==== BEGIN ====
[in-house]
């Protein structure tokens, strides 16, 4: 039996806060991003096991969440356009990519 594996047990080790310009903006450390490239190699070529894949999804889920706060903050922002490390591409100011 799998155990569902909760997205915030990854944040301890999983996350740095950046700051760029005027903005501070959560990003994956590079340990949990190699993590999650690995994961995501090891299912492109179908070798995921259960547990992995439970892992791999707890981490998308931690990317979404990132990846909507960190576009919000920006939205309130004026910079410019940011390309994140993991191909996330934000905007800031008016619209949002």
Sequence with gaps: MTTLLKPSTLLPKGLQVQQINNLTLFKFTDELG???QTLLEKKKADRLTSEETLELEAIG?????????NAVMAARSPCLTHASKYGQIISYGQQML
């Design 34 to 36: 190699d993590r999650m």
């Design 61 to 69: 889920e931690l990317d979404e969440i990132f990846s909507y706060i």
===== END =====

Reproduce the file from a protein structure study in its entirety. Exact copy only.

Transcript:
[in-house]
């Protein structure tokens, strides 16, 4: 039996806060991003096991969440356009990519 594996047990080790310009903006450390490239190699070529894949999804889920706060903050922002490390591409100011 799998155990569902909760997205915030990854944040301890999983996350740095950046700051760029005027903005501070959560990003994956590079340990949990190699993590999650690995994961995501090891299912492109179908070798995921259960547990992995439970892992791999707890981490998308931690990317979404990132990846909507960190576009919000920006939205309130004026910079410019940011390309994140993991191909996330934000905007800031008016619209949002």
Sequence with gaps: MTTLLKPSTLLPKGLQVQQINNLTLFKFTDELG???QTLLEKKKADRLTSEETLELEAIG?????????NAVMAARSPCLTHASKYGQIISYGQQML
């Design 34 to 36: 190699d993590r999650m």
């Design 61 to 69: 889920e931690l990317d979404e969440i990132f990846s909507y706060i």